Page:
Young people are abusing prescription pain medications — like vicodin, valium, and oxycontin — at a rate 40 percent higher than previous generations, new research shows.
The study, by the University of Colorado Denver researchers, found the abuse of prescription medicines is the second most common form of illegal drug use in the U.S. after marijuana, according to lead researcher Richard Miech, a professor of sociology.
"Prescription drug use is the next big epidemic," Miech said. "Everyone in this field has recognized that there is a big increase in the abuse of nonmedical analgesics but our study shows that it is accelerating among today's generation of adolescents."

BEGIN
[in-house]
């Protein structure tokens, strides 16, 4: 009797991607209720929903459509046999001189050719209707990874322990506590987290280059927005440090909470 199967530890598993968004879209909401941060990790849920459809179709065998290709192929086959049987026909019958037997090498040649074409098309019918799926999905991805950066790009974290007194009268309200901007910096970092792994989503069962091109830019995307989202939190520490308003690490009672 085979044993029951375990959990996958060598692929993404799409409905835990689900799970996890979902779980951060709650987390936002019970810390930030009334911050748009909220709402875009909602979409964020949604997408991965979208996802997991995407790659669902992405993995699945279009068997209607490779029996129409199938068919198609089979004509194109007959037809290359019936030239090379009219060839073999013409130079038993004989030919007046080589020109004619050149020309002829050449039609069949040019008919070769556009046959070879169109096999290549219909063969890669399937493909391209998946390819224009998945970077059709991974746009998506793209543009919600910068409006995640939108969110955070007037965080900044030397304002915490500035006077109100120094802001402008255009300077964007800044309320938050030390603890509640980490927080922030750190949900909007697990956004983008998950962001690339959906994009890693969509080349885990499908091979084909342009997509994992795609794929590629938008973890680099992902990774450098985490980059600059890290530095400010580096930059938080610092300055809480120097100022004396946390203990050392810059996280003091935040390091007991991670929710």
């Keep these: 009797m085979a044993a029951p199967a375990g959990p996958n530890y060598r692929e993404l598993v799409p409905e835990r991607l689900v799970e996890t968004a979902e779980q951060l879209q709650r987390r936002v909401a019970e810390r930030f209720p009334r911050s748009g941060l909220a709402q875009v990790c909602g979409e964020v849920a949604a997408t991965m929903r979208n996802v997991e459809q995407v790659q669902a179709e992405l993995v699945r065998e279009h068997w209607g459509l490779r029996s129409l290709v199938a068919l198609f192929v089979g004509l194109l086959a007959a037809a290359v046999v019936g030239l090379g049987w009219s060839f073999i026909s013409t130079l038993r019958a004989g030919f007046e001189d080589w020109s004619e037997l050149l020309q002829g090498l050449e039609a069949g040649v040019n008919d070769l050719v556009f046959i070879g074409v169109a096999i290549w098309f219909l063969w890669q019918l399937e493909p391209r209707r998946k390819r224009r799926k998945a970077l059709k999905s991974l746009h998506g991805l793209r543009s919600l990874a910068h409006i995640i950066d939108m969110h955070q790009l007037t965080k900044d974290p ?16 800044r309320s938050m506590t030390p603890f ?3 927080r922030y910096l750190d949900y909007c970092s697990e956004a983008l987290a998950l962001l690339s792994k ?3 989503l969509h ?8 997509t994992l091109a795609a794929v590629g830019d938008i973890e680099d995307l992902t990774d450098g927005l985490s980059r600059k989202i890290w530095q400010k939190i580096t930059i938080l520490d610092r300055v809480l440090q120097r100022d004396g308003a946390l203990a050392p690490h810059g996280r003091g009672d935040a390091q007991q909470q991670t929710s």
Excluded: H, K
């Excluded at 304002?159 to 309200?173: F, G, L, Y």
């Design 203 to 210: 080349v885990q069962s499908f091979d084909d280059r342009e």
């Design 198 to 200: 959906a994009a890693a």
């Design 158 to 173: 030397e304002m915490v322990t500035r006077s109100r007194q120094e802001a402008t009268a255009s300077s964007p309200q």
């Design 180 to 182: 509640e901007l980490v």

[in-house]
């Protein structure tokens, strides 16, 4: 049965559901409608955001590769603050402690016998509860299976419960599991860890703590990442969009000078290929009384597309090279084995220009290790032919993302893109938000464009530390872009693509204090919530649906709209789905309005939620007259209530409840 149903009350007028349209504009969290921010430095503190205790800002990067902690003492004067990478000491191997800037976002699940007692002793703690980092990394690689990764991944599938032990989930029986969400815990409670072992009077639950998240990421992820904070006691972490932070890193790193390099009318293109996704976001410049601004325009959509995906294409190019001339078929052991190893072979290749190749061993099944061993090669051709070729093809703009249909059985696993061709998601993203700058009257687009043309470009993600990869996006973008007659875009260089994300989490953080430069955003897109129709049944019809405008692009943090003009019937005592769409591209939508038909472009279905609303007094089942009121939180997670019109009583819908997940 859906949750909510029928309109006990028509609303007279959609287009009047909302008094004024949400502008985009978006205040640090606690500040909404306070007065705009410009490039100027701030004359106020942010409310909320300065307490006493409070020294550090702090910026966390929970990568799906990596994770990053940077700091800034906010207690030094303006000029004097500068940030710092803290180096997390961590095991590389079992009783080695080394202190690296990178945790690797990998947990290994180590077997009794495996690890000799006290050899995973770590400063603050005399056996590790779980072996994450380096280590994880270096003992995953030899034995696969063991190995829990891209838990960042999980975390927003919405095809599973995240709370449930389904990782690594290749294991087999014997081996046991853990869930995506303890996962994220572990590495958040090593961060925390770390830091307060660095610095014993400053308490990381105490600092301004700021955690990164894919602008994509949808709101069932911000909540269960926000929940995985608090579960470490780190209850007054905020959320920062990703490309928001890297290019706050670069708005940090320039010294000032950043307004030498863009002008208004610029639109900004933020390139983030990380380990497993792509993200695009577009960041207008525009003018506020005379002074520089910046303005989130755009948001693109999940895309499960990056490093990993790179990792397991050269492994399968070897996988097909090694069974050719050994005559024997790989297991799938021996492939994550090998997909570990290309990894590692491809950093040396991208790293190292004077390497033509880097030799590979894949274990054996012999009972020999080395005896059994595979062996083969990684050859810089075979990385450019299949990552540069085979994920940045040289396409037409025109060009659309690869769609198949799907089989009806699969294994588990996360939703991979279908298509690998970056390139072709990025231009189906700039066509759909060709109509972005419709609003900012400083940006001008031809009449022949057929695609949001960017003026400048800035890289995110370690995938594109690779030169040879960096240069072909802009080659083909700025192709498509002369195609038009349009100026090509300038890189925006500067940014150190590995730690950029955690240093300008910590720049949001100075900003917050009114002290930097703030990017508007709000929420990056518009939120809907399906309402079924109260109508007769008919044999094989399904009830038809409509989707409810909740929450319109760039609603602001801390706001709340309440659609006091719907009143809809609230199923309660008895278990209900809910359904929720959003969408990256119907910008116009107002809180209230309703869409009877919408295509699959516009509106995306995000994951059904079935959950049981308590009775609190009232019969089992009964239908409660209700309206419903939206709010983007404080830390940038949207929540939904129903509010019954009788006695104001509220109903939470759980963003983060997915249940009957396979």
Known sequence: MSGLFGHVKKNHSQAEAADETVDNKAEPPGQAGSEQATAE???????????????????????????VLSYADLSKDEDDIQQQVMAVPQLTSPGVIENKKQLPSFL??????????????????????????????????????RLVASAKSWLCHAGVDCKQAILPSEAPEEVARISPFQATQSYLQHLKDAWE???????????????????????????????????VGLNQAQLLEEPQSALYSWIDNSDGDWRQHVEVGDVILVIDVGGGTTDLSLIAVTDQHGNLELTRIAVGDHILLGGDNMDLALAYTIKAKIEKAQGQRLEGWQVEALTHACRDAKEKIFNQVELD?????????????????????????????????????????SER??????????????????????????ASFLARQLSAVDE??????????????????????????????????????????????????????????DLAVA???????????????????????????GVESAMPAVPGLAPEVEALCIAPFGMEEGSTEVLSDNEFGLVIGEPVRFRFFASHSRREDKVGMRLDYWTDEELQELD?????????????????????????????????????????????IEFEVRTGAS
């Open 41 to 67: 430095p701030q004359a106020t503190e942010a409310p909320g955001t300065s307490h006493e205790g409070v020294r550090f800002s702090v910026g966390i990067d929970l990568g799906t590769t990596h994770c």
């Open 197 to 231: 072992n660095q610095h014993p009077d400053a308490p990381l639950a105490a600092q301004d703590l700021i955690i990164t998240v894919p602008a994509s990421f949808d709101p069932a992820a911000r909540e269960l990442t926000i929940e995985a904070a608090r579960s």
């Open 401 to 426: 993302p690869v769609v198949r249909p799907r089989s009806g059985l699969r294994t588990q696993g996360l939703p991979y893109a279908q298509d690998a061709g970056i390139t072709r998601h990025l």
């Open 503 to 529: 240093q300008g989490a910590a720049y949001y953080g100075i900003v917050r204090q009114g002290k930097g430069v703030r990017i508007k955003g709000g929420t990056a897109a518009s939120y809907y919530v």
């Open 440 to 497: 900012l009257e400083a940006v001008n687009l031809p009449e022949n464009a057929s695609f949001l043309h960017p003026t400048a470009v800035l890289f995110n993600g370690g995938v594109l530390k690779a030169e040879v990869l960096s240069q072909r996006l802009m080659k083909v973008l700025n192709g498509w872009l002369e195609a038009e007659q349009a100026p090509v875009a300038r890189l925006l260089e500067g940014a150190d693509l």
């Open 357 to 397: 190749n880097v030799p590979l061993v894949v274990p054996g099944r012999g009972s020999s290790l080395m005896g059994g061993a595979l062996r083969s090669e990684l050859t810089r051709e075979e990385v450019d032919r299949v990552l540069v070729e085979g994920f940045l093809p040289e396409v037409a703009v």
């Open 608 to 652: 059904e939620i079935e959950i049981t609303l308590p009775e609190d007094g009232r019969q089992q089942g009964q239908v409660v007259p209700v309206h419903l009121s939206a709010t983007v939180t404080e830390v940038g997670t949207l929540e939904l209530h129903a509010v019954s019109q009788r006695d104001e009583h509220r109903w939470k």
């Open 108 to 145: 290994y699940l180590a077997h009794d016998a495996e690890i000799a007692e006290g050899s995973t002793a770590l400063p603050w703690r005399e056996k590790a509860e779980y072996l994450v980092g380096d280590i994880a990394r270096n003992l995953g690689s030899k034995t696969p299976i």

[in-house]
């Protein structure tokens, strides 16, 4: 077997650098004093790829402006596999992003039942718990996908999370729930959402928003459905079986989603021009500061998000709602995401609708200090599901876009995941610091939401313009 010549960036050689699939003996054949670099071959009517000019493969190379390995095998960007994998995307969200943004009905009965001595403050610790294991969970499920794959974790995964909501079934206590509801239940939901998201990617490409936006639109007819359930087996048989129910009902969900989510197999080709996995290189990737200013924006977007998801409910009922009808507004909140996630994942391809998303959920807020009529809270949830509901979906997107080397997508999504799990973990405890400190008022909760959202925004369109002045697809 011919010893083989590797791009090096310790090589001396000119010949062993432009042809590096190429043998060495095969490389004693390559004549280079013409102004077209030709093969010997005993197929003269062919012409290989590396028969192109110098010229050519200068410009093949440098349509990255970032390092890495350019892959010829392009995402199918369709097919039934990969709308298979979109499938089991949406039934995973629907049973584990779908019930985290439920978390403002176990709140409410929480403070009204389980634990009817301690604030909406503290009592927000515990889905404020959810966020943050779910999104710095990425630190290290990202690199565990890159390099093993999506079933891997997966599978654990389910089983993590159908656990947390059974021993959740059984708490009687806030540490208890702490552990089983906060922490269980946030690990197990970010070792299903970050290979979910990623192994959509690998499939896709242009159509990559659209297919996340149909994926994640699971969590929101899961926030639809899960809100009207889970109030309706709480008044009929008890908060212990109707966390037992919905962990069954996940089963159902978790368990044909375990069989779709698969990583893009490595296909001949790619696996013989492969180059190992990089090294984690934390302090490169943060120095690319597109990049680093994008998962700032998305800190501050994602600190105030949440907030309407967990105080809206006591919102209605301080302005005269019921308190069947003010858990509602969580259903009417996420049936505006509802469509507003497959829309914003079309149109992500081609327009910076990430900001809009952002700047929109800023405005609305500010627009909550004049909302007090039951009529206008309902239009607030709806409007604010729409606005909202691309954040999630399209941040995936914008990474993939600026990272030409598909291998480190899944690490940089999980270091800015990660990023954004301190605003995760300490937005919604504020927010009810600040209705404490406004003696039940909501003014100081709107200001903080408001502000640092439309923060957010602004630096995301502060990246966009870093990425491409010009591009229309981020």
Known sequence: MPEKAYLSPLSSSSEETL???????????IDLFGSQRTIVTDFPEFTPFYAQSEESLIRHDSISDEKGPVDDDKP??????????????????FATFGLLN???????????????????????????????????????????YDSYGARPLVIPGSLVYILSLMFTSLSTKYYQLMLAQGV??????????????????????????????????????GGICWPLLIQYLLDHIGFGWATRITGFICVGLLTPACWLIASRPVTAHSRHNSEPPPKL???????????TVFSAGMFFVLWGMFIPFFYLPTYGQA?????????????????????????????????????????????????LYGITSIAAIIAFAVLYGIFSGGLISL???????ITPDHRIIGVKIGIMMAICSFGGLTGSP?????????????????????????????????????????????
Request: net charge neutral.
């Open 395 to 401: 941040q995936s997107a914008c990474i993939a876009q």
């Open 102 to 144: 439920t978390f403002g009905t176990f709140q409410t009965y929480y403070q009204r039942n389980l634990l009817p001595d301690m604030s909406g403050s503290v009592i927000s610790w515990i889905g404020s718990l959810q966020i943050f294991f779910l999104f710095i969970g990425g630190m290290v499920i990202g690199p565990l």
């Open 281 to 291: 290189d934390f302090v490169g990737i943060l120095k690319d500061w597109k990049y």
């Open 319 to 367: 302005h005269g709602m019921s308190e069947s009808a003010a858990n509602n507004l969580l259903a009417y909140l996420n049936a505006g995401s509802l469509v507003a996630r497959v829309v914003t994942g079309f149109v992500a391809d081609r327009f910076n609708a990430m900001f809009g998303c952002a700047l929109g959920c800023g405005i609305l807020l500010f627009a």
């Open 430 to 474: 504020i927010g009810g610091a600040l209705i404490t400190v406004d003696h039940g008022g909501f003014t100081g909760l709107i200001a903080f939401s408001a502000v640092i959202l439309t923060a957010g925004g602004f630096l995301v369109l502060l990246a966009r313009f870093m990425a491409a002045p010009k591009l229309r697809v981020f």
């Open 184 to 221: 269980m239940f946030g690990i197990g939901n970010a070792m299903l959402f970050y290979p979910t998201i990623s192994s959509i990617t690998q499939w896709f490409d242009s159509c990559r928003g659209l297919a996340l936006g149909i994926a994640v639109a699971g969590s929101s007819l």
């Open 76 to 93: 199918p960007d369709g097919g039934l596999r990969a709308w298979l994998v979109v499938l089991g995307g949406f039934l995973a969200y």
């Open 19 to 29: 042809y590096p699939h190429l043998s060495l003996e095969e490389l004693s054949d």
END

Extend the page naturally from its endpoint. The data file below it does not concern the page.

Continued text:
The study, published in the Journal of Adolescent Health, analyzed information from the National Survey on Drug Use and Health, a series of annual polls of U.S. drug use, from 1985 through 2009.
The results showed the prevalence of prescription pain medication abuse among young people today is "higher than any generation ever measured," Miech said.
Most people who abuse prescription painkillers said they obtained them from family or friends.
"The increasing availability of analgesics in the general population is well documented, as the total number of hydrocodone and oxycodone products prescribed legally in the U.S. increased more than fourfold from about 40 million in 1991 to nearly 180 million in 2007," researchers noted. "Higher prevalence of analgesics makes first-time NAU among contemporary youth easier than in the past because more homes have prescription analgesics in their medicine cabinets."